The basic metabolic panel (BMP) and comprehensive metabolic panel (CMP) tests are both blood tests that measure levels of certain substances in your blood.
A doctor may order either a BMP or CMP during a physical or check-up. Abnormally elevated levels of one or more substances in your blood may result from a condition that can be treated.
These tests are used for different reasons. A BMP test gives your doctor information about:
- blood urea nitrogen (BUN), or how much nitrogen is in your blood to measure kidney function
- creatinine, another indicator of kidney function
- glucose, or blood sugar (having high or low blood sugar could both indicate pancreatic issues)
- carbon dioxide (CO2), or bicarbonate, a gas that can indicate issues with your kidneys or lungs
- calcium, which can indicate bone, kidney, or thyroid issues (though sometimes not included in a BMP)
- sodium and potassium, minerals that indicates your body’s overall fluid balance
- chloride, an electrolyte that indicates fluid balance
A CMP test includes all the previous tests as well as tests for:
- albumin, a protein that can indicate liver or kidney issues
- total protein, which accounts for overall blood protein levels
- alkaline phosphatase (ALP), a liver enzyme that can indicate liver or bone conditions
- alanine amino transferase (ALT or SGPT), an enzyme in your kidneys and liver that can indicate liver damage
- aspartate amino transferase (AST or SGOT), an enzyme in liver and heart cells that can also indicate liver damage
- bilirubin, created when your liver naturally breaks down red blood cells
Read on to learn more about how blood samples are collected, how to understand the test results, and how much these tests might cost.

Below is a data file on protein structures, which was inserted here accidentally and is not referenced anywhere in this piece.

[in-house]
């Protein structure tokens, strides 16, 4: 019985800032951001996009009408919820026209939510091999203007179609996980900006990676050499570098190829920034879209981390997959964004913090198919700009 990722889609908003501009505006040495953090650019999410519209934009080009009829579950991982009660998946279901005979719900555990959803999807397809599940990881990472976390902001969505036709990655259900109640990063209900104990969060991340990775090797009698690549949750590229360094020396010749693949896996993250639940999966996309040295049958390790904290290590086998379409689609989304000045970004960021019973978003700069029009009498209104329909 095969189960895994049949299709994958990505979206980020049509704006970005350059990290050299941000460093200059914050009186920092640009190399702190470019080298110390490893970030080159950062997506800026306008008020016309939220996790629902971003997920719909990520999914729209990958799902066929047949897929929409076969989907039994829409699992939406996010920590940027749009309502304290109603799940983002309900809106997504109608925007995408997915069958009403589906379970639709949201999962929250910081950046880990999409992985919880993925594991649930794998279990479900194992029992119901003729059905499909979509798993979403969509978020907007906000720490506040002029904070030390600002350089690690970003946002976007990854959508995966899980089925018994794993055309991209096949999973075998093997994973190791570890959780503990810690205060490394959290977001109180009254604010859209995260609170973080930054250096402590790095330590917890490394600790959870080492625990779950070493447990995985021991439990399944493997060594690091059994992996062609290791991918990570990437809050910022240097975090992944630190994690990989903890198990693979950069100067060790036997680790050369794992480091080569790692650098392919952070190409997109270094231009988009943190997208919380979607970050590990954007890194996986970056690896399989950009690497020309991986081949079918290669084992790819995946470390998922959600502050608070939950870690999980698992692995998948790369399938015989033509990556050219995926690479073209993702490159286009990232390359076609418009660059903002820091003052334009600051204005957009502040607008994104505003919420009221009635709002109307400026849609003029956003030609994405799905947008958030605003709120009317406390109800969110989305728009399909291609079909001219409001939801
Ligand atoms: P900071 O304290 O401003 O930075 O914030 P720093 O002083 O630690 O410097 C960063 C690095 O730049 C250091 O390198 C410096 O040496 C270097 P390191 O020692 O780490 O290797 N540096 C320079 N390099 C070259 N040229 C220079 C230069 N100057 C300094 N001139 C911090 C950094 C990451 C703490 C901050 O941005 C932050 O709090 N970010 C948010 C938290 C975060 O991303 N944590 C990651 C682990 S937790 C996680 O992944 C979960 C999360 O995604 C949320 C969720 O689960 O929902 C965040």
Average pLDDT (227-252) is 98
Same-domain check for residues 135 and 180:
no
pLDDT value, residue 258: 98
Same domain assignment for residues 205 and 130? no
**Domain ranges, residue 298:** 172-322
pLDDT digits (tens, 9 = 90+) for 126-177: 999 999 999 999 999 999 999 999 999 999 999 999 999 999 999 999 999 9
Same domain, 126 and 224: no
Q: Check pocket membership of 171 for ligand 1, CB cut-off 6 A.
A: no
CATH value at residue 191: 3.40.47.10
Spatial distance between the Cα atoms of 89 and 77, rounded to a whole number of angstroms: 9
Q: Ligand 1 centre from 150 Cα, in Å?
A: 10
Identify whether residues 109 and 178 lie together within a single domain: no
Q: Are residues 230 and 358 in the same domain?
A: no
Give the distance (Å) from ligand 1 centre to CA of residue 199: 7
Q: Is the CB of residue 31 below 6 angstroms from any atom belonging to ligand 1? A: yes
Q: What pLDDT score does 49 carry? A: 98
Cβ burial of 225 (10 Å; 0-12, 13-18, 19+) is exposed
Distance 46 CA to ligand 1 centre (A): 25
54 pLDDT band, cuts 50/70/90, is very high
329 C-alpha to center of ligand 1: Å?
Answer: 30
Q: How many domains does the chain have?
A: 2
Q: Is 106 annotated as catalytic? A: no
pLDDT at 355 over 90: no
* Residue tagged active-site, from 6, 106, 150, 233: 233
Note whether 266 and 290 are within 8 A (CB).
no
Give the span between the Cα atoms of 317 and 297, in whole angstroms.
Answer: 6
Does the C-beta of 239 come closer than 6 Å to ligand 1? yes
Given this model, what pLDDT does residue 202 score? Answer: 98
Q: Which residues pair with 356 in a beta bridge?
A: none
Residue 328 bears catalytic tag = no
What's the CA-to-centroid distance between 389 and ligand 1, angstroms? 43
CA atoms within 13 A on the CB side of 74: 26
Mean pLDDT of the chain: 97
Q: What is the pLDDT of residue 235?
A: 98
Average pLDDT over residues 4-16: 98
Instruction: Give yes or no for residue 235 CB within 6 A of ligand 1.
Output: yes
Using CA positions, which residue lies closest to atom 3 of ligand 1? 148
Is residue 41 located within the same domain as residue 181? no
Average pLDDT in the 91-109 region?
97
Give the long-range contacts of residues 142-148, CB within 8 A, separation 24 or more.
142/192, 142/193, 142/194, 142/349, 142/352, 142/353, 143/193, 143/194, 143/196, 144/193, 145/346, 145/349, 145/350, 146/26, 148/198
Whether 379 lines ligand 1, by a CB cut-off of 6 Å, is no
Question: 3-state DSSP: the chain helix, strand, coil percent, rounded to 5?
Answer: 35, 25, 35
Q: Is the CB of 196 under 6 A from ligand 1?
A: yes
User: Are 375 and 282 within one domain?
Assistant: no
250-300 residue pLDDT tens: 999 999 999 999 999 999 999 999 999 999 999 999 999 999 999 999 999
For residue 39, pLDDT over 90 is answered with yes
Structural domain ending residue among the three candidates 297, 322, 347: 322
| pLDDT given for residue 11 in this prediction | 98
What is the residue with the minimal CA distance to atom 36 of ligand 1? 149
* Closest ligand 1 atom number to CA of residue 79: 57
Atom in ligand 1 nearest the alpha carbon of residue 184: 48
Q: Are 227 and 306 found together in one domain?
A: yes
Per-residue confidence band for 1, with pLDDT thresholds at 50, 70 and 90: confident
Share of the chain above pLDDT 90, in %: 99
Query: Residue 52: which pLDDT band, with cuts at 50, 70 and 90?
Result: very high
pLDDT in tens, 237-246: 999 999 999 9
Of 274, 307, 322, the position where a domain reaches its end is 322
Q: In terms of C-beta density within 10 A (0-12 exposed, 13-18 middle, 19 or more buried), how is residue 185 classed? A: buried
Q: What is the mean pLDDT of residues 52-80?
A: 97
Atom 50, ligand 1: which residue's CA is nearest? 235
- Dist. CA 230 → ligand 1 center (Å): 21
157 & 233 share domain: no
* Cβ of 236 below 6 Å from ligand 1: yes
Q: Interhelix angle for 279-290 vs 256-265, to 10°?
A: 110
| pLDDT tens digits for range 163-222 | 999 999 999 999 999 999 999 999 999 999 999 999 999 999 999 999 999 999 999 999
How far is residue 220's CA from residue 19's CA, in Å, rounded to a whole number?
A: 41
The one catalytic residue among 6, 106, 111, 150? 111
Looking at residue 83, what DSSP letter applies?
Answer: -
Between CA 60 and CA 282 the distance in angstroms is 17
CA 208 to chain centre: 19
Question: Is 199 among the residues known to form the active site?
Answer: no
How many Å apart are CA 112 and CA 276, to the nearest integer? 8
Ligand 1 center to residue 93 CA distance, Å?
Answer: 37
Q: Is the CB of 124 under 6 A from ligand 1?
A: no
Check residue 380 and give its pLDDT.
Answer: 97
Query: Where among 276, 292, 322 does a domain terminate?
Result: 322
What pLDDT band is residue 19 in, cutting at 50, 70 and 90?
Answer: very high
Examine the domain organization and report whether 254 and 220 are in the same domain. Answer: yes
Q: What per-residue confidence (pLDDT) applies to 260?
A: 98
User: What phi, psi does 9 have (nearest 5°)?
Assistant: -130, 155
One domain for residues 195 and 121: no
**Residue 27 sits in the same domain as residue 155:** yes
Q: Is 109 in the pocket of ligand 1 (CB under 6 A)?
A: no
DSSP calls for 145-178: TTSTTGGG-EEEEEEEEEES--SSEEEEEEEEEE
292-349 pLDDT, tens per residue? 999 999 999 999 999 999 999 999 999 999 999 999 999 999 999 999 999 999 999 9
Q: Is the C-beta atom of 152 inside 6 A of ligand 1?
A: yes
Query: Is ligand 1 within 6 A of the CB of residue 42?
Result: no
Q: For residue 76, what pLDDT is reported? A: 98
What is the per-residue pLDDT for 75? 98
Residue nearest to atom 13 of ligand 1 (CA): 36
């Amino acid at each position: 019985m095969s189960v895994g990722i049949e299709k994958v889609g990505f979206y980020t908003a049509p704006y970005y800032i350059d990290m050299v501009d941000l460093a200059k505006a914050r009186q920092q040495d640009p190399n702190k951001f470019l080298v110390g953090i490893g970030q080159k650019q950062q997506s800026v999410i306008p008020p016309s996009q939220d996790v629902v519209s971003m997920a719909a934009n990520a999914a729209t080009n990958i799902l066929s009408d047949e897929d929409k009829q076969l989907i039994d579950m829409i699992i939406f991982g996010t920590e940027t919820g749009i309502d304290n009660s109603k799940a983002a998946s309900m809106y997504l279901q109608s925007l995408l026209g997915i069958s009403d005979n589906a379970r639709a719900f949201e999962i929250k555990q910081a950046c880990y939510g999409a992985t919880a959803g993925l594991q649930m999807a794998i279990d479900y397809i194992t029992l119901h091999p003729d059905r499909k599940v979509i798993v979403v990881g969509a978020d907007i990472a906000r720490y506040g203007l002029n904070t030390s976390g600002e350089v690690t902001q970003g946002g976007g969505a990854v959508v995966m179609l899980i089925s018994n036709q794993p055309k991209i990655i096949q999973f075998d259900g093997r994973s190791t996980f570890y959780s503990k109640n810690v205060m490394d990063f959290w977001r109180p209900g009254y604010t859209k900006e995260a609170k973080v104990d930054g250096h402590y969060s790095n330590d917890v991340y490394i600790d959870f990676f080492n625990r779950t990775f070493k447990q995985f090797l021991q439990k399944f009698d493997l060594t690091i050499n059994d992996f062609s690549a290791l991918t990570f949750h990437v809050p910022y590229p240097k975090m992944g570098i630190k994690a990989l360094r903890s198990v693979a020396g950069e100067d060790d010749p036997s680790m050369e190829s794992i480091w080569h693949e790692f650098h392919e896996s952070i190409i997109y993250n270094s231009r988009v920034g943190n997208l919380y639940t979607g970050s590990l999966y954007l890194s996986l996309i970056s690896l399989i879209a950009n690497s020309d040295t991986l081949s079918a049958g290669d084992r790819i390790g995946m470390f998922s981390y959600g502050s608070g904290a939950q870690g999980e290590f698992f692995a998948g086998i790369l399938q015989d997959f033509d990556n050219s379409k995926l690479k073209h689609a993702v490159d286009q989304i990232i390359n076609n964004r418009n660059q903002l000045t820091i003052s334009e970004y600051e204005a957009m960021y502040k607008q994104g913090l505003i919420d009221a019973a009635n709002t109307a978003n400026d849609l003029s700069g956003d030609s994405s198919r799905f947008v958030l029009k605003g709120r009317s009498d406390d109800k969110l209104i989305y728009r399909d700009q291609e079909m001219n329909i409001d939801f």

Many medical facilities are licensed to collect blood. But your doctor will most likely refer you to a laboratory that specializes in blood tests.
To take a blood sample, your doctor or a laboratory technician uses a needle to remove a small amount of blood and store it in a tube for analysis. This process is known as venipuncture. One blood sample can be used to test for all 14 substance.
Before either of these tests, you’ll need to fast. What you eat and drink can affect the levels of many substances in your blood, and fasting ensures an accurate measurement not affected by food.
If you’re sensitive to needles or the sight of blood, have someone take you to the lab so that you can safely return afterward.
The BMP is primarily used to look for:
- electrolyte imbalance
- abnormal blood sugar
- how well your blood is being filtered
Abnormal levels can indicate kidney or heart conditions.
The CMP also measures levels of substances produced by your liver. It can indicate:
- how well your liver is functioning
- what the protein levels are in your blood
The additional substances measured by the CMP test essentially allow a closer look at your liver function and its relation to your bones and other organs. This test may be chosen over the BMP if:
- your doctor believes you may have a liver condition
- you’re already being treated for a liver condition and your doctor wants to monitor the results of treatment
Results from a BMP are as follows. High or low levels of each of these components can indicate underlying conditions.
|Test||Normal range by age (in years)|
|BUN||• 16–20 milligrams per deciliter (mg/dL) of blood (18–60)|
• 8–23 mg/dL (over 60)
|creatinine||• 0.9–1.3 mg/dL (men 18–60)|
• 0.8–1.3 mg/dL (men over 60)
• 0.6–1.1 (women 18–60)
• 0.6–1.2 mg/dL (women over 60)
|glucose||• 70–99 mg/dL (all ages)|
|albumin||• 3.4–5.4 grams per deciliter (g/dL) (all ages)|
|CO2||• 23–29 milliequivalent units per liter of blood (mEq/L) (18–60)|